Wednesday, April 3, 2013

Breaking stereotypes

One of the things I had to do over Thanksgiving break was write letters for my students. My partner's family had a big reunion last year, so much of this writing happened in the moments when most people were out doing fun things, leaving only the losers with laptops lounging around the fireplace.

One of the letters I had to write was a recommendation for an NSF grant application. One of my fellow losers was an uncle-in-law who is also a professor at an MRU. He was more than happy to look over my letter of recommendation for me, since he had sat on the other side of these NSF grant processes, though in a very different field. One of the comments he made was that I had not emphasized my student's stellar grades. I explained that this was because my student did not have stellar grades, but I had other reasons for believing that this person was an excellent candidate. He paused, gave me some other useful feedback, and then said that he thought it was unlikely that someone without stellar grades would get such a grant, the competition being what it is. He went a step further to posit that he doubted it was possible to be a successful academic without stellar grades as an undergrad.

It was so tempting for me to point out that my undergraduate grades were far from stellar, but I seem to be successful. I forbore on this impulse for reasons of family politics, and because I'm not actually sure if bouncing from postdoc to postdoc, however prestigious  in my mid thirties counts as successful in his book.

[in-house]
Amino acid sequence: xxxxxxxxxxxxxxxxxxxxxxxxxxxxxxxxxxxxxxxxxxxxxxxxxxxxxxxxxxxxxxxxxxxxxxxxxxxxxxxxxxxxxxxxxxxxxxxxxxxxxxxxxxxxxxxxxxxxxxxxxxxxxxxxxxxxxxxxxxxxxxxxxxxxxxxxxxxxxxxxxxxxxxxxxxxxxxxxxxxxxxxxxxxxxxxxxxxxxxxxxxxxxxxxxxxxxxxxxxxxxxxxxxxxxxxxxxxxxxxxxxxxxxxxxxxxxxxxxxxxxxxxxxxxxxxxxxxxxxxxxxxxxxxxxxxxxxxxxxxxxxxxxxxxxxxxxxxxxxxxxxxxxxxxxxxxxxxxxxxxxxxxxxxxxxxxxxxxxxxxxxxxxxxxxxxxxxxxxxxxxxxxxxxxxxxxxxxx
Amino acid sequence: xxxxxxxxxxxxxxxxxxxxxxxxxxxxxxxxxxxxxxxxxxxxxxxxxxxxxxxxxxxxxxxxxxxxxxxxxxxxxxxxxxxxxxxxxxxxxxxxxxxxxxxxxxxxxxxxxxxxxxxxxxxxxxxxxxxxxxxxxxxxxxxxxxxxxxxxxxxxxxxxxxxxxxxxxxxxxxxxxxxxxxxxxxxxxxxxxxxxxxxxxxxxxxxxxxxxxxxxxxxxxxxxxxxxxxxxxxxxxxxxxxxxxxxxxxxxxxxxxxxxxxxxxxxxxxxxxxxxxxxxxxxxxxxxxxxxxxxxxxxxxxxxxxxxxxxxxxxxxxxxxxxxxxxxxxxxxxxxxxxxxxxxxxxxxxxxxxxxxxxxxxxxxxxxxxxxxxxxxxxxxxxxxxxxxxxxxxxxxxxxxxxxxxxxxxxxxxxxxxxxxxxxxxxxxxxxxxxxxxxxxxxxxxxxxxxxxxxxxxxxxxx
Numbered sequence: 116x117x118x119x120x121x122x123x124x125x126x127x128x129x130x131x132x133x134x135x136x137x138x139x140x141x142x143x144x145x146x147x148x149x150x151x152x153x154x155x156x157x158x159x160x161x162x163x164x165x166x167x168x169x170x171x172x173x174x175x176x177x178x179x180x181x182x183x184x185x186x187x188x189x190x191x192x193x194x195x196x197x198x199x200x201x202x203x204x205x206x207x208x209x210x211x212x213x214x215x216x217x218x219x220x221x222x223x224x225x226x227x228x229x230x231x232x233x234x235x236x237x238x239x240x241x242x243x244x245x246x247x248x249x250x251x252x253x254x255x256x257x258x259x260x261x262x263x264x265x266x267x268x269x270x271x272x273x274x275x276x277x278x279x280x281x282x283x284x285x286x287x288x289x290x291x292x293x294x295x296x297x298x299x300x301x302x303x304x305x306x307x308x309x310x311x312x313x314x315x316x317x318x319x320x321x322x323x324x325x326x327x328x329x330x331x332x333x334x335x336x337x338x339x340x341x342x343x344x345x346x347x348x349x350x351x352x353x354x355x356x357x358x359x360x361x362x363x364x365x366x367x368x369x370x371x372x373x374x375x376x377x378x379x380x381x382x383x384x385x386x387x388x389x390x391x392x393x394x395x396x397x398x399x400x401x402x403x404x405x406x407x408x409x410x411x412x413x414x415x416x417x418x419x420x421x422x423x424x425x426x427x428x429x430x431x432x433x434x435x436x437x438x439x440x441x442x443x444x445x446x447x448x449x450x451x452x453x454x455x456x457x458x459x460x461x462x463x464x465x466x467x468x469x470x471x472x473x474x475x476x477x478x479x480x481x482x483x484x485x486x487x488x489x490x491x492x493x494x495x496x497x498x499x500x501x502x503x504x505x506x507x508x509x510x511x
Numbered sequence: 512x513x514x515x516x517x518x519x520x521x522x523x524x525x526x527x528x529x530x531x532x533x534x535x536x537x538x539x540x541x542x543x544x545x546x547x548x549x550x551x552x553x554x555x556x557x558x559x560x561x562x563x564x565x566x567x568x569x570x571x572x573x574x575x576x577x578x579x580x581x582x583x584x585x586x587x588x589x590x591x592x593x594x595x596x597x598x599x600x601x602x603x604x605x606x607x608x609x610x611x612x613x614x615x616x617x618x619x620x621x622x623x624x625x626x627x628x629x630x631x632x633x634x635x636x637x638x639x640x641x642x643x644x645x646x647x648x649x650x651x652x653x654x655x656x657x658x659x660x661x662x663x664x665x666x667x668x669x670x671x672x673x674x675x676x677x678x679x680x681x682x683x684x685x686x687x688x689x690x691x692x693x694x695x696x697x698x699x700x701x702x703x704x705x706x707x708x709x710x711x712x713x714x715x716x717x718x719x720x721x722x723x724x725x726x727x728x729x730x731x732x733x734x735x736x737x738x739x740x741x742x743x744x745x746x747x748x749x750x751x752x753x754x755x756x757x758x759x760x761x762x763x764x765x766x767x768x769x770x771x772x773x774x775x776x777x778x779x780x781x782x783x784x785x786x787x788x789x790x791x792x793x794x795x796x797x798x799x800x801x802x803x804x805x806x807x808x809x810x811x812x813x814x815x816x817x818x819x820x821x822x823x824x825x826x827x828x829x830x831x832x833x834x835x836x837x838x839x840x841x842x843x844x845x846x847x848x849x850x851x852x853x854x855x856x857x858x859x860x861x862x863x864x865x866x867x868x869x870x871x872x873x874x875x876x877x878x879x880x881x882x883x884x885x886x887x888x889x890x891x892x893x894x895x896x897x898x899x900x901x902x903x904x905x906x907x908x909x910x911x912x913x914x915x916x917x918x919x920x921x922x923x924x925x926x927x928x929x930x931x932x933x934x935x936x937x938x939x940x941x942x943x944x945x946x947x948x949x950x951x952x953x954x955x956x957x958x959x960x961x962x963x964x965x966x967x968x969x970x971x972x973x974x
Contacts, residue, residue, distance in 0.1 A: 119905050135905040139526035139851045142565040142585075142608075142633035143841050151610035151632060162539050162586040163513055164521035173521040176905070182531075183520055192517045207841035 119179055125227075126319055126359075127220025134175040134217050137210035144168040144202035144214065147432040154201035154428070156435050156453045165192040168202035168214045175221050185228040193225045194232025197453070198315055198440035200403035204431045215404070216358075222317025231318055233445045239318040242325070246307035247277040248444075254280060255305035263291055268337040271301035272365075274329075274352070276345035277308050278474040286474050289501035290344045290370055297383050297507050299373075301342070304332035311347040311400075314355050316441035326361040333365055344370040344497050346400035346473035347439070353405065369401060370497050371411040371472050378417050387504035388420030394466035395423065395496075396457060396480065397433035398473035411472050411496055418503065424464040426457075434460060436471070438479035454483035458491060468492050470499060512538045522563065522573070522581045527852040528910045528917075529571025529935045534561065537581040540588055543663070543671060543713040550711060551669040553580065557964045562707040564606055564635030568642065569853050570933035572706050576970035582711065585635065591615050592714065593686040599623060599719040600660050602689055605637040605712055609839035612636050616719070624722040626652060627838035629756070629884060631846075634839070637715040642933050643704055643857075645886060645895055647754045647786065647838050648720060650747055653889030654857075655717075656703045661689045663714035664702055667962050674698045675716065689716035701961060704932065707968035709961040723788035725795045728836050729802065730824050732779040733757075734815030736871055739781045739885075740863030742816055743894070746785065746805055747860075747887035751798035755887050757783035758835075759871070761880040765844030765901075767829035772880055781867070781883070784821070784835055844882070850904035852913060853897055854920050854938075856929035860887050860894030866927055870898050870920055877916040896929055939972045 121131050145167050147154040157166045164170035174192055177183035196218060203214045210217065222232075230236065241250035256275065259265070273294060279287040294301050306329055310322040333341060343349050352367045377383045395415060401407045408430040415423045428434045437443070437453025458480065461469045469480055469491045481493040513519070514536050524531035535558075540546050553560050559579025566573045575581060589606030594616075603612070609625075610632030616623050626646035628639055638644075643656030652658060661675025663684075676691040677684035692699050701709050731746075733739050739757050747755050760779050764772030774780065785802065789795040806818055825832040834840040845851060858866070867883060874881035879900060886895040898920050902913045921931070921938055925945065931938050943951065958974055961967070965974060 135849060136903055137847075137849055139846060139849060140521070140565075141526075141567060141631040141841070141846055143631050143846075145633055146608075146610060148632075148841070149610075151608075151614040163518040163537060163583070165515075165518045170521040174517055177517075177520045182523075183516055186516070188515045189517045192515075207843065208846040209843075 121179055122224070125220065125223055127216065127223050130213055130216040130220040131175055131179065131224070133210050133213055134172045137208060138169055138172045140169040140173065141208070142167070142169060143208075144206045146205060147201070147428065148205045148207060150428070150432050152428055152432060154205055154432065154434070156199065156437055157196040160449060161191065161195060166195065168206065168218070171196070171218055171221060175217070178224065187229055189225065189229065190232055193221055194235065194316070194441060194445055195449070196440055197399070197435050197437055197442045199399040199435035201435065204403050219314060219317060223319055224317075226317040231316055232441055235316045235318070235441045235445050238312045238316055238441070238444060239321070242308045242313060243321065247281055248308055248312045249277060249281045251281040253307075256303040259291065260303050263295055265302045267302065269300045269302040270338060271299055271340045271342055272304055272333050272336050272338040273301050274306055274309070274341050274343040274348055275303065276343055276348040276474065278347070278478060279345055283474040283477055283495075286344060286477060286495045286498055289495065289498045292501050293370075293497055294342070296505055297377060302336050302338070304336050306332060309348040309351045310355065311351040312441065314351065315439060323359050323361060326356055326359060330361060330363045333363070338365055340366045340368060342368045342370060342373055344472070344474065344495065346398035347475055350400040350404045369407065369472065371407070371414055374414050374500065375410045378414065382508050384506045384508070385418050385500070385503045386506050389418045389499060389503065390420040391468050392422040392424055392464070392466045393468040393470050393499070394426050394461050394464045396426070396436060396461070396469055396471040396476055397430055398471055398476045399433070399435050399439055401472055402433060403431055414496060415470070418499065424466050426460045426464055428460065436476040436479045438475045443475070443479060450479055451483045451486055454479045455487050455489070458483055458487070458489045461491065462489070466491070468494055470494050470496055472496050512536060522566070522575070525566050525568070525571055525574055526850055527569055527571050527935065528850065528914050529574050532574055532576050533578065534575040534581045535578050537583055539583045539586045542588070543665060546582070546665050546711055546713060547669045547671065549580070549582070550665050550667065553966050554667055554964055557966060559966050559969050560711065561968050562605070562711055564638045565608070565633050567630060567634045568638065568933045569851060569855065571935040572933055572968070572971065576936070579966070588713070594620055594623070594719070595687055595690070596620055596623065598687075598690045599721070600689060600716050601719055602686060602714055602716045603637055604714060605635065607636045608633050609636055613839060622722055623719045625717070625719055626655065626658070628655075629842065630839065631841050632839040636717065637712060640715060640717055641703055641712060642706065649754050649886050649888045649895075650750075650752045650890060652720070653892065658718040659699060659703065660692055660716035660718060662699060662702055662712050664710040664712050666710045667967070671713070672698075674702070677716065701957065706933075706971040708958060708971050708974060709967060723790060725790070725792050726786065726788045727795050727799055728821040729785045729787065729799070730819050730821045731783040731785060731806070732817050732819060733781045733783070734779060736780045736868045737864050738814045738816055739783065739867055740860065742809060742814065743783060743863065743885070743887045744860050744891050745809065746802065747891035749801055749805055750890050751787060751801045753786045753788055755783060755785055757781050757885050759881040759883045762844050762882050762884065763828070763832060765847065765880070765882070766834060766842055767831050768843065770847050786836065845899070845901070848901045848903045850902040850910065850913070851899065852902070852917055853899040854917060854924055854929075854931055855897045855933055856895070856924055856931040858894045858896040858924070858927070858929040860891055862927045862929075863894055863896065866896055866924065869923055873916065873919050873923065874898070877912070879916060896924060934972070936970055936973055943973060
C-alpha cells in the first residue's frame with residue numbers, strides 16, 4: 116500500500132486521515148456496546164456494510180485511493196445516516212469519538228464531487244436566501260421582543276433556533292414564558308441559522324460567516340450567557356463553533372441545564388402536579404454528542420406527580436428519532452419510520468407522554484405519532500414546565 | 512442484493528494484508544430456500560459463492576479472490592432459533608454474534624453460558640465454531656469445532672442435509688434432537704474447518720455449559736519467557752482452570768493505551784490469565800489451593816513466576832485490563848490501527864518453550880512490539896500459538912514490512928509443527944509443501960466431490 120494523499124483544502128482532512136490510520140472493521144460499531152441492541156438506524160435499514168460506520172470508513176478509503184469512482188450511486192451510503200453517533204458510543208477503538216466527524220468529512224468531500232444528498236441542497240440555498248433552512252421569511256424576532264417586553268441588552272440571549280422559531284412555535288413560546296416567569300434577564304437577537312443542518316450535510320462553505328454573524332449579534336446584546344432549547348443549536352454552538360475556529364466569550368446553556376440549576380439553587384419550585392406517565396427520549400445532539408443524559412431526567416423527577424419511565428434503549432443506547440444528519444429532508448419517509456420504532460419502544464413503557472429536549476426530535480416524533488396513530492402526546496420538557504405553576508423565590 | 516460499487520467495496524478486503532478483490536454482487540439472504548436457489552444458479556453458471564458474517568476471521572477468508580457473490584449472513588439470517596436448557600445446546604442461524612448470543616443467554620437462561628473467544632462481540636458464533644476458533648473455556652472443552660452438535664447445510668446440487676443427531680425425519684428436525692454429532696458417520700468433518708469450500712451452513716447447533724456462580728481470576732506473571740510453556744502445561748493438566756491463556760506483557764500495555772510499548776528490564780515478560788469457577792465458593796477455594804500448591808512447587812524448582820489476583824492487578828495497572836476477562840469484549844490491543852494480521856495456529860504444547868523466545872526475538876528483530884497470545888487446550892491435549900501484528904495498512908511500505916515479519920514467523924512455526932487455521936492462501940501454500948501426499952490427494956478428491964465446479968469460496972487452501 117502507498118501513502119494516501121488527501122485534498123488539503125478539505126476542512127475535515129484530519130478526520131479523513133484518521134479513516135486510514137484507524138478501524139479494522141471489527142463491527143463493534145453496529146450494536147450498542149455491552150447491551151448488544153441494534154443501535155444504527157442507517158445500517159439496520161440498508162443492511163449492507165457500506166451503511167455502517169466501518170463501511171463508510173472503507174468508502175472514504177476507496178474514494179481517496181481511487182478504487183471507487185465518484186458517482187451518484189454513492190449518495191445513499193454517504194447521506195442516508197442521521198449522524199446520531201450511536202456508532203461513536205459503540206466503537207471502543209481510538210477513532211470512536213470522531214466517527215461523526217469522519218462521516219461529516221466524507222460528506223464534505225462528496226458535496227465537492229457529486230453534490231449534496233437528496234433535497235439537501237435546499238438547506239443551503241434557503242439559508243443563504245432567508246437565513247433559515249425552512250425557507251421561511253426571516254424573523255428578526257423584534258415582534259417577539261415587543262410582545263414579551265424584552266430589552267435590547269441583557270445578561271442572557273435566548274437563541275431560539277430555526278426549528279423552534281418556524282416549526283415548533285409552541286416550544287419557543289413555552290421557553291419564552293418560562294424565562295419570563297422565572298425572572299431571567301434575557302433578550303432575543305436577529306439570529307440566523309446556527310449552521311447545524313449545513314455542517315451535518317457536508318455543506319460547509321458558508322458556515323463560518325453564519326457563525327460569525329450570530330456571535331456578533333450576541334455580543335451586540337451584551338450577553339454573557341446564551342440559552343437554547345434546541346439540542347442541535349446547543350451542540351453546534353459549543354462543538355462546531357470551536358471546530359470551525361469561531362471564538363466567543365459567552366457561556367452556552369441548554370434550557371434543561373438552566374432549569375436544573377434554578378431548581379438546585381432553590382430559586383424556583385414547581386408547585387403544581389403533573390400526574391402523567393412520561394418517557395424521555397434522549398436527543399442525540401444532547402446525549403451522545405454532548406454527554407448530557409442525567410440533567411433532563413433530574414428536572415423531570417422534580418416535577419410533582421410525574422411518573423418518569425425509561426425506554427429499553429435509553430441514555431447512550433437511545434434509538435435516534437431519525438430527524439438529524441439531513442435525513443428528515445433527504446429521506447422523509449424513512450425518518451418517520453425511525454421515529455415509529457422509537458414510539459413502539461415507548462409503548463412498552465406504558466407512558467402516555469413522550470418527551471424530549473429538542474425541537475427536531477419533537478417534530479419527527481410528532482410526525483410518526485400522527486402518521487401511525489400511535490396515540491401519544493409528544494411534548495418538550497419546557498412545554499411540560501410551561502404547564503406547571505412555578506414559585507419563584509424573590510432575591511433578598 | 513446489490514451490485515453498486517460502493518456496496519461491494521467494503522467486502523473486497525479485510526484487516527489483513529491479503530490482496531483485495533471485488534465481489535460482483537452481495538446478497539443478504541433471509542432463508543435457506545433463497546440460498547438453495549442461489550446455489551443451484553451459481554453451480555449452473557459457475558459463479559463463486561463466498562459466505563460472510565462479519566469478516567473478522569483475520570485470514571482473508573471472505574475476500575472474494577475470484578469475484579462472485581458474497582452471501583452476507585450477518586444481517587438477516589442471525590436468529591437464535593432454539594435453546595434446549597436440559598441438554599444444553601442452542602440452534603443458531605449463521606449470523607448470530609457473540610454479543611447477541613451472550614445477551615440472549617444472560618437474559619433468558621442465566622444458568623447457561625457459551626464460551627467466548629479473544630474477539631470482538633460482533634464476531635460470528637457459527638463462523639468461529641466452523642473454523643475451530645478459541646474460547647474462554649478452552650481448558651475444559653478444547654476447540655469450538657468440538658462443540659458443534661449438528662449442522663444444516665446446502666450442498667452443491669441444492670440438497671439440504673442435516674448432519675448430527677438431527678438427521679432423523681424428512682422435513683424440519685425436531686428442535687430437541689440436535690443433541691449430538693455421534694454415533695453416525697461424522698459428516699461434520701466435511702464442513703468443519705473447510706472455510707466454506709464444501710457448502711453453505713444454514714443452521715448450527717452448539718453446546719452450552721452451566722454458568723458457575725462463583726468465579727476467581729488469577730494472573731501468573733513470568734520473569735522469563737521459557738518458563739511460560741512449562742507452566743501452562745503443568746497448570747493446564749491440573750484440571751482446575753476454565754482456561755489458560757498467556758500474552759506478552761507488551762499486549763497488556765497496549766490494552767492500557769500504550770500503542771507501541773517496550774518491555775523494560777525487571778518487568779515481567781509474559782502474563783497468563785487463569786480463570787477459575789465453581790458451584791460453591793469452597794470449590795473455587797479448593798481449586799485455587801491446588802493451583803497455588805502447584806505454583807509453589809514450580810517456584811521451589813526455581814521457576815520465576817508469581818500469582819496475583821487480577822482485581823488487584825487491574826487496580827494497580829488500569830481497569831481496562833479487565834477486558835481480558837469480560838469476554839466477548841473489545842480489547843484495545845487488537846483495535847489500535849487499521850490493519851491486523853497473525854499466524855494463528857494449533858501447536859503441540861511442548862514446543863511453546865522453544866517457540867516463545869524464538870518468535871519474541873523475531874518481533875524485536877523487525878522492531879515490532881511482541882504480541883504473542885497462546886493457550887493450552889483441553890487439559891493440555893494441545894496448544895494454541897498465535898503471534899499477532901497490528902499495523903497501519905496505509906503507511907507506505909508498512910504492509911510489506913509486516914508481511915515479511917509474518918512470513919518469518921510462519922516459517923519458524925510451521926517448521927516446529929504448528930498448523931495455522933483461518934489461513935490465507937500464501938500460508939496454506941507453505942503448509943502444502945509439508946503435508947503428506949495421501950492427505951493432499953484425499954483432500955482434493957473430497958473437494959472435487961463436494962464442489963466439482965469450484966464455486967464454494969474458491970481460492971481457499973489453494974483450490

Last weekend, I found out that my student got the NSF grant. I am incredibly proud and happy for her. I also really want to call up my uncle-in-law and give him an "in your face" moment. It won't do any good. I must forbear again.


  1. I cant believe there are people who still believe that having stellar grades are indication of a future successful academic..especially since he is an academic himself...

  2. It really is about self belief, not grades. I had terrible grades as an undergrad, I never believed in myself and I am an unsuccessful academic today. I remember a joint meeting with my adviser and another grad student. While I was all confused, this other person was confidently telling my adviser about how she would need to take of her mathematician's hat and put on her physicist's hat. While I was struggling to see myself as borderline decent in math, this other person had already become an expert in 2 different fields! Such are the habits of successful people.